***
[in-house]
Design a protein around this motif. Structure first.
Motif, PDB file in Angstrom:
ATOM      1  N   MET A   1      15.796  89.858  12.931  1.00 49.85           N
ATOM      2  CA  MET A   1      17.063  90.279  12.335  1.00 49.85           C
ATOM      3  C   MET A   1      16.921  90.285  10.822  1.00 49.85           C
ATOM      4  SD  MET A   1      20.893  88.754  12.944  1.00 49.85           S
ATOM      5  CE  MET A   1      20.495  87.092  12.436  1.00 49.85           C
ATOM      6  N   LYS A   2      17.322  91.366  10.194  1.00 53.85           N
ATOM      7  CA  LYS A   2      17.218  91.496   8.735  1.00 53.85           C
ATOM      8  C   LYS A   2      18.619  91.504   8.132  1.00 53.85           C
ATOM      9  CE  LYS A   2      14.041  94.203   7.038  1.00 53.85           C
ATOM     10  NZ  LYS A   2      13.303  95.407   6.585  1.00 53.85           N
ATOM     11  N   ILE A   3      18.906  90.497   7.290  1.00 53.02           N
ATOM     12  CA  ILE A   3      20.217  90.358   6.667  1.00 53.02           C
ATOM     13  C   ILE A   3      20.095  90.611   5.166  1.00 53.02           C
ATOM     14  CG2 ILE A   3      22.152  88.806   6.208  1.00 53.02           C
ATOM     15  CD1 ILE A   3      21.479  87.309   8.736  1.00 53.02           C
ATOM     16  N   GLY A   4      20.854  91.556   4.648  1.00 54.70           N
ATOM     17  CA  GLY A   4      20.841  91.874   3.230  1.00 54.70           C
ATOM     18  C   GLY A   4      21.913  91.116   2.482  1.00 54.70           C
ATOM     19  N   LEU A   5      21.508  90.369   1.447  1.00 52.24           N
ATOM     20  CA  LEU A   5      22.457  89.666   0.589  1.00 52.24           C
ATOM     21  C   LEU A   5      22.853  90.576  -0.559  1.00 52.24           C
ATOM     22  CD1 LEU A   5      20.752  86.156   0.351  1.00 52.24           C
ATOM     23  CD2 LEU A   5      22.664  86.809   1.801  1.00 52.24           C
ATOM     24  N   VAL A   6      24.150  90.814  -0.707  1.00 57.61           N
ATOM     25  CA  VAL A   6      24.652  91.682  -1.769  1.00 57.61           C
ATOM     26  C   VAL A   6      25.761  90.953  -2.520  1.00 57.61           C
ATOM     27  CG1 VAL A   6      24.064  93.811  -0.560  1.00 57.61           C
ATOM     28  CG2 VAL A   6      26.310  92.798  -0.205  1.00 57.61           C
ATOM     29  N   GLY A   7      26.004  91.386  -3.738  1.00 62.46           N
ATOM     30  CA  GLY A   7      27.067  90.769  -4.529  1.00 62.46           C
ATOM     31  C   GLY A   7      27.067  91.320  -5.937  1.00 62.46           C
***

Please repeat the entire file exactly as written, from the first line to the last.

[in-house]
Design a protein around this motif. Structure first.
Motif, PDB file in Angstrom:
ATOM      1  N   MET A   1      15.796  89.858  12.931  1.00 49.85           N
ATOM      2  CA  MET A   1      17.063  90.279  12.335  1.00 49.85           C
ATOM      3  C   MET A   1      16.921  90.285  10.822  1.00 49.85           C
ATOM      4  SD  MET A   1      20.893  88.754  12.944  1.00 49.85           S
ATOM      5  CE  MET A   1      20.495  87.092  12.436  1.00 49.85           C
ATOM      6  N   LYS A   2      17.322  91.366  10.194  1.00 53.85           N
ATOM      7  CA  LYS A   2      17.218  91.496   8.735  1.00 53.85           C
ATOM      8  C   LYS A   2      18.619  91.504   8.132  1.00 53.85           C
ATOM      9  CE  LYS A   2      14.041  94.203   7.038  1.00 53.85           C
ATOM     10  NZ  LYS A   2      13.303  95.407   6.585  1.00 53.85           N
ATOM     11  N   ILE A   3      18.906  90.497   7.290  1.00 53.02           N
ATOM     12  CA  ILE A   3      20.217  90.358   6.667  1.00 53.02           C
ATOM     13  C   ILE A   3      20.095  90.611   5.166  1.00 53.02           C
ATOM     14  CG2 ILE A   3      22.152  88.806   6.208  1.00 53.02           C
ATOM     15  CD1 ILE A   3      21.479  87.309   8.736  1.00 53.02           C
ATOM     16  N   GLY A   4      20.854  91.556   4.648  1.00 54.70           N
ATOM     17  CA  GLY A   4      20.841  91.874   3.230  1.00 54.70           C
ATOM     18  C   GLY A   4      21.913  91.116   2.482  1.00 54.70           C
ATOM     19  N   LEU A   5      21.508  90.369   1.447  1.00 52.24           N
ATOM     20  CA  LEU A   5      22.457  89.666   0.589  1.00 52.24           C
ATOM     21  C   LEU A   5      22.853  90.576  -0.559  1.00 52.24           C
ATOM     22  CD1 LEU A   5      20.752  86.156   0.351  1.00 52.24           C
ATOM     23  CD2 LEU A   5      22.664  86.809   1.801  1.00 52.24           C
ATOM     24  N   VAL A   6      24.150  90.814  -0.707  1.00 57.61           N
ATOM     25  CA  VAL A   6      24.652  91.682  -1.769  1.00 57.61           C
ATOM     26  C   VAL A   6      25.761  90.953  -2.520  1.00 57.61           C
ATOM     27  CG1 VAL A   6      24.064  93.811  -0.560  1.00 57.61           C
ATOM     28  CG2 VAL A   6      26.310  92.798  -0.205  1.00 57.61           C
ATOM     29  N   GLY A   7      26.004  91.386  -3.738  1.00 62.46           N
ATOM     30  CA  GLY A   7      27.067  90.769  -4.529  1.00 62.46           C
ATOM     31  C   GLY A   7      27.067  91.320  -5.937  1.00 62.46           C